Members shine at foiling cyber dark arts; win awards
By SHERRY HALBROOK
Cyber security is a world of “good guys” and “bad guys.”
Three PEF members – professional good guys for New York state agencies by
day – distinguished themselves, as true cyber warriors by night in 2009.
Working on their own time over many months, the team of Nikki Brate, Corey
Harrell and John Griffin placed fourth overall in a global forensic cyber
challenge sponsored by the U.S. Defense Department (DOD).
The three, who all possess multiple certifications in digital security and
forensics, also were key members of a state work group that won the Best of
New York Award, presented September 24, 2009, for “The Most Innovative Use
The team members (competing under the initials DFAC against 1,153 other
competitors) said they were stunned and elated to discover in December they
had scored the most points (1,682) among the civilian, government, military
and commercial teams, which put them at the “genius level” in DOD’s 2009 DC3
Digital Forensic Challenge.
“We are pretty excited about it,” said Brate, PEF Division 268 assistant
council leader and a manager of technology services 1 at the state Insurance
Department in Albany.
Harrell is an information technology specialist (ITS) 2 at the Office of the
state Comptroller in Albany, and Griffin is an ITS 3 in data communications
at the state Office of Temporary and Disability Assistance (OTDA) in Albany.
“This was something very non-traditional for state employees to do, and it
was our first time to enter this competition. We did it on our own time,
using our own resources,” Brate said. She noted that another of the
top-scoring teams was made up of doctoral students at the U.S. Air Force
“I’m a (salary) grade 27, John is a 23 and Corey is an 18,” Brate said. “We
wanted to show PEF members may have unrecognized skills and abilities. State
employees can teach other state employees a lot.”
The 2009 DC3 Challenge gave the competitors a mock-up of the kind of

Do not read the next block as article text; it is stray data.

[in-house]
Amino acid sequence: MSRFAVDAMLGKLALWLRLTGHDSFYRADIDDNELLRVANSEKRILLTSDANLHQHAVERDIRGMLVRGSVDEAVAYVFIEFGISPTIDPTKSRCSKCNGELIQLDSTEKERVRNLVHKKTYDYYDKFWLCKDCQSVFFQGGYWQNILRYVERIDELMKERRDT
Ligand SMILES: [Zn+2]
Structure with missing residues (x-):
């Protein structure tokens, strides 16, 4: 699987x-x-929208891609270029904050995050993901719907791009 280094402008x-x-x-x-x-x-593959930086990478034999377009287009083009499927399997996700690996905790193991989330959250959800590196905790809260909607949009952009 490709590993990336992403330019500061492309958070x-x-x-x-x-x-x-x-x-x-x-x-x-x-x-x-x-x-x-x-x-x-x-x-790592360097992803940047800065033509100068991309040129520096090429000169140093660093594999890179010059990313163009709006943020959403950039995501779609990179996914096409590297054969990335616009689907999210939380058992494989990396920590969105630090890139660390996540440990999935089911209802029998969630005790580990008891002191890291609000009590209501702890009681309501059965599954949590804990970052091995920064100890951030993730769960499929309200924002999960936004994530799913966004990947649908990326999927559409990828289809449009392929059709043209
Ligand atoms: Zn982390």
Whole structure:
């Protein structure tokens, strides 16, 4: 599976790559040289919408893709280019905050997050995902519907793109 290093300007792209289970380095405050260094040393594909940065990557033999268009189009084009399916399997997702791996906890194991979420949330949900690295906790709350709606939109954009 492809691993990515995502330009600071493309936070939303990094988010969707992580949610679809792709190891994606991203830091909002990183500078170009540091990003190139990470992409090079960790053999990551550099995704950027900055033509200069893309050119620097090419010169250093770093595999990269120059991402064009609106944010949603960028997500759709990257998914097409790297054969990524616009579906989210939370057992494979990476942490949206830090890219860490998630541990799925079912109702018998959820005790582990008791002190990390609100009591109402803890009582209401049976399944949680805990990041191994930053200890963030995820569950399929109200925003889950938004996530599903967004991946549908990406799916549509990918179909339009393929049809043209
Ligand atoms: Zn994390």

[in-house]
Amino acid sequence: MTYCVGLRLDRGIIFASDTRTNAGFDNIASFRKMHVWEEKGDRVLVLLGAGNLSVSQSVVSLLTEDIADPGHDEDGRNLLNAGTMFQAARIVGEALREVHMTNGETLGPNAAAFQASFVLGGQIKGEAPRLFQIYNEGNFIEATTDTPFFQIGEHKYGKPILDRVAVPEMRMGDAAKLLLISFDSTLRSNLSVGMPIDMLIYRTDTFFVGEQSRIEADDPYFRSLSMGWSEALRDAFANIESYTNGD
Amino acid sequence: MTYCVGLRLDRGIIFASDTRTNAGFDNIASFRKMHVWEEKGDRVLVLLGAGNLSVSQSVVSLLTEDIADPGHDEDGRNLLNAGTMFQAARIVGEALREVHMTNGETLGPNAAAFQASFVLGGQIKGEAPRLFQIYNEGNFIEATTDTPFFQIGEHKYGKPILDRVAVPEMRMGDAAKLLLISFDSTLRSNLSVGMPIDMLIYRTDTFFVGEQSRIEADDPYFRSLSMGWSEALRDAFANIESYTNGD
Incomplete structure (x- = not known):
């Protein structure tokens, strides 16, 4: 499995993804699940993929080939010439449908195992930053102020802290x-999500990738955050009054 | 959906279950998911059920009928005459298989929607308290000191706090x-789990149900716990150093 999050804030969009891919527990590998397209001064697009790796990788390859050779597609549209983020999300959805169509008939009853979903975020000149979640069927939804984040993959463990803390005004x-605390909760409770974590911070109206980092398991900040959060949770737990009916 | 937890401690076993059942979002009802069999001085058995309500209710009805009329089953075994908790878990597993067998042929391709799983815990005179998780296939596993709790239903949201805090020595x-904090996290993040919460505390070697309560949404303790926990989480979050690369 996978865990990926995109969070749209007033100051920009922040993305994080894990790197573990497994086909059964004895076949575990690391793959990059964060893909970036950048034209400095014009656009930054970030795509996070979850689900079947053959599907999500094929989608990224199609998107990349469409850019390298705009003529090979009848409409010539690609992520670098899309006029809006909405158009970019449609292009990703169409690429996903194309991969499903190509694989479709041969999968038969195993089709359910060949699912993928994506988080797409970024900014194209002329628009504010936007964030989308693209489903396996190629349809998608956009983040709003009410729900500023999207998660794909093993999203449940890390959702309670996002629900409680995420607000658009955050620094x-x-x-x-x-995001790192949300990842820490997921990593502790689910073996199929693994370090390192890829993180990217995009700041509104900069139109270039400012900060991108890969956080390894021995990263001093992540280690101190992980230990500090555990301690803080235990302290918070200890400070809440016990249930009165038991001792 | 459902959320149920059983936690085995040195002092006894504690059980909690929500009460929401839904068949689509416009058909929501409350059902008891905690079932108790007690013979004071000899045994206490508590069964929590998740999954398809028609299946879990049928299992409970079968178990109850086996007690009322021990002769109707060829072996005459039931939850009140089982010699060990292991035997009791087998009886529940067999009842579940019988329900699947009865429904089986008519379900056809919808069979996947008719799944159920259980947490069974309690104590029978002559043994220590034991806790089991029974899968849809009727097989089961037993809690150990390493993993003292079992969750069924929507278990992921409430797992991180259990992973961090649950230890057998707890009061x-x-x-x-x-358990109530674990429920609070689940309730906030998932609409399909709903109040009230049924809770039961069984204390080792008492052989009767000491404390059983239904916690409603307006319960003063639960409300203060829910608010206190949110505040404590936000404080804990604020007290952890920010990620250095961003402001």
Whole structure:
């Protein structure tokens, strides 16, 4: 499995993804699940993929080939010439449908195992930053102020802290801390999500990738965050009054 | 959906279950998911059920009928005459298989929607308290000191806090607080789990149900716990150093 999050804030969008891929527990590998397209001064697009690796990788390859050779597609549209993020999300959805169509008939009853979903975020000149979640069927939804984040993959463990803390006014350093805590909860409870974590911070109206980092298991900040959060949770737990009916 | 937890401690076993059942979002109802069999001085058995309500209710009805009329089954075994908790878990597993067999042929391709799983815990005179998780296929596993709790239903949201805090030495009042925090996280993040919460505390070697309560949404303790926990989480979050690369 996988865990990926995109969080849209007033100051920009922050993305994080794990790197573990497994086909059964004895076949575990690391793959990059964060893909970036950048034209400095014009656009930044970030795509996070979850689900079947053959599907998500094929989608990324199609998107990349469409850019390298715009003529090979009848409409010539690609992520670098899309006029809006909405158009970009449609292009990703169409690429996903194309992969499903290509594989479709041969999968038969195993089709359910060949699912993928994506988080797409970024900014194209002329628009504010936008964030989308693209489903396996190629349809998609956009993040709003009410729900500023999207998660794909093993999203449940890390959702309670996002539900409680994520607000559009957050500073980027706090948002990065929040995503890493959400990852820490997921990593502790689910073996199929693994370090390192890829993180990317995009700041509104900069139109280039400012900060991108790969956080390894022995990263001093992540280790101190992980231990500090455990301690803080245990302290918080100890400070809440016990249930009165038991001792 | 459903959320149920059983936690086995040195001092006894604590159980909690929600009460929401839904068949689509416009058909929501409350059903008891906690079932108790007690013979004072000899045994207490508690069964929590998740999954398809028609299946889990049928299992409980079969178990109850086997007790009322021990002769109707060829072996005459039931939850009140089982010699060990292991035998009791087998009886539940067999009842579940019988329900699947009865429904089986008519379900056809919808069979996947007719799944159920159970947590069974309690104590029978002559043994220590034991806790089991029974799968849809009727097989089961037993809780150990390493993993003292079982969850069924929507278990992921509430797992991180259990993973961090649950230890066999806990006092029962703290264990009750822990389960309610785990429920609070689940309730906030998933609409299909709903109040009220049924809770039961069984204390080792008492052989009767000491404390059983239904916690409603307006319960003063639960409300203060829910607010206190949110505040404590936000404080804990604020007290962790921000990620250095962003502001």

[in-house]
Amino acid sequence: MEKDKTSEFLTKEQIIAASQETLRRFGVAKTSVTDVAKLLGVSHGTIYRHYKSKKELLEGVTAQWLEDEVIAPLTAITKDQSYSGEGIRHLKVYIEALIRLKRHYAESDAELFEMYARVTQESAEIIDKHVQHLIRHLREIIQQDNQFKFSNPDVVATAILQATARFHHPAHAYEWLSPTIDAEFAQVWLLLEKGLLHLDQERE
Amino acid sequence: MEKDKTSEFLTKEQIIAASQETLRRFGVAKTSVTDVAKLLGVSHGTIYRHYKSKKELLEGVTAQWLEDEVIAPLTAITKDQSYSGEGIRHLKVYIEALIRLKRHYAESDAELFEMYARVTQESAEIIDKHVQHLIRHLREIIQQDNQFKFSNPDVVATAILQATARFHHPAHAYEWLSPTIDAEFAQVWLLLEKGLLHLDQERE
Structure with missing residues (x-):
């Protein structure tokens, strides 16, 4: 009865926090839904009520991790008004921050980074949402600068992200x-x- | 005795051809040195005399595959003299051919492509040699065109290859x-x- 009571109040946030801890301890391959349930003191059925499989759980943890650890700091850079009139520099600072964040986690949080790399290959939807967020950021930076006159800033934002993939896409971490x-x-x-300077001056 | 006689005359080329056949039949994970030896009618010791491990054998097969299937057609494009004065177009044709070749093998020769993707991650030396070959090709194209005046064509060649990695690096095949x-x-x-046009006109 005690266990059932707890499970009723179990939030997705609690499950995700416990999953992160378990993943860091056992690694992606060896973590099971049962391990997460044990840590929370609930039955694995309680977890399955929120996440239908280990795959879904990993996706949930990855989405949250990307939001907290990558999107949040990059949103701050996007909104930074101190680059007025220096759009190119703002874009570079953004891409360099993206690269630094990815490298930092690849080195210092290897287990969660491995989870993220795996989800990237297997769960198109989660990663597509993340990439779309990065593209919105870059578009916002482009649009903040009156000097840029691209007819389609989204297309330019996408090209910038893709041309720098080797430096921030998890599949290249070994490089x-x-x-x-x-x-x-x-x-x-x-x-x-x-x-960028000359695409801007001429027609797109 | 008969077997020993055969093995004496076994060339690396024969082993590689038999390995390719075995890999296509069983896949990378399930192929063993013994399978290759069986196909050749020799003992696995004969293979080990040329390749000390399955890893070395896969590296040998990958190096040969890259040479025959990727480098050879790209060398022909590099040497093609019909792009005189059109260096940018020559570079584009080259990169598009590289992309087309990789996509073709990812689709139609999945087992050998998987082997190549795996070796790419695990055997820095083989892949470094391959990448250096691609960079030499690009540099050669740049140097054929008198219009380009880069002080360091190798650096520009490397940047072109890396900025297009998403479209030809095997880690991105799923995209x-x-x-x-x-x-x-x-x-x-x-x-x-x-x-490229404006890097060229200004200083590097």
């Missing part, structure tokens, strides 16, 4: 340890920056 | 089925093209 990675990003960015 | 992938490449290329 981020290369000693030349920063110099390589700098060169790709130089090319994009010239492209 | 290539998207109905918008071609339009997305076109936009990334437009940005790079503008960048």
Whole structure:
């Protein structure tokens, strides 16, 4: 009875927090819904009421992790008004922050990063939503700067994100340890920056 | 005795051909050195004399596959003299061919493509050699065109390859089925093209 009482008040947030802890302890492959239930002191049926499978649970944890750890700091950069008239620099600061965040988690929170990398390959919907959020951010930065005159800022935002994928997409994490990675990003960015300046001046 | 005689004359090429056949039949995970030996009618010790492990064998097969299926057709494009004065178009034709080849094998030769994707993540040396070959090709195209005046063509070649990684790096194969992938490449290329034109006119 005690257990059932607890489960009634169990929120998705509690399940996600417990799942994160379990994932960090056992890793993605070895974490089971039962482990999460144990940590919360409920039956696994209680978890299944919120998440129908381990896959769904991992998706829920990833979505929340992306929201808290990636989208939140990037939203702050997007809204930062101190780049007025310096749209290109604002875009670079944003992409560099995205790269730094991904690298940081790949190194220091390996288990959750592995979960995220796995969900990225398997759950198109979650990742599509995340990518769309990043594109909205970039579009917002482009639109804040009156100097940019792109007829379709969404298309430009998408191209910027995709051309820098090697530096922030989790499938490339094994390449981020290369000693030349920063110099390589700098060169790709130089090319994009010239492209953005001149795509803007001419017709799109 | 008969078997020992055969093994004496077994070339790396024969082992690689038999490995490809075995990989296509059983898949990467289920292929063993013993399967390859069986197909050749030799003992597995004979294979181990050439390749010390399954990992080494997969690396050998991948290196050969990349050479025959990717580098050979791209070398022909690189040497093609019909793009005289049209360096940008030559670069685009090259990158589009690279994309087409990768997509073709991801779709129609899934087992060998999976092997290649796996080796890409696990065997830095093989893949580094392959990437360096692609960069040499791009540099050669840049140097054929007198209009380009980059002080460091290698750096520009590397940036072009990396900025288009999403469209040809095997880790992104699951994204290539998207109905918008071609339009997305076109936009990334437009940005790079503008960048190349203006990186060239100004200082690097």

evidence an examiner might face in a digital forensics lab. It was up to the
competitors to draw and analyze as much information as possible from the
material and then interpret its significance. The aim is “to stimulate the
digital forensics community to pioneer new investigative tools, techniques
However, The Times of London and other news media have portrayed the DC3
Challenge as an effort to lure into the open potential hackers and gain
insights into their methods and approaches to cyber security.
Brate and Thomas Hurbanek of the NYS Police Cyber Crimes Unit co-chair the
NYS Digital Forensics Work Group that won the 2009 Best of NY Award.
In addition to Brate, Griffin and Harrell, three other PEF members are part
of the work group. They are Margaret (Peg) Acevedo, an ITS 2 at OTDA; Joseph
Pero, an ITS 2 in programming at the state Office for Technical
Administration; and Adnan Baykal, an ITS 3 at the state Office of Cyber
Security and Critical Infrastructure Coordination (CSCIC).
The CSCIC sponsors the work group, which brings together digital forensics
professionals from state agencies that gather and work with digital and
multimedia evidence. The aim is to address their disparate methodologies and
improve consistency in the application of international standards of
“As state employees, we need to work collaboratively to solve problems for
the state,” Brate said, “so it won’t need to resort to private consultants.”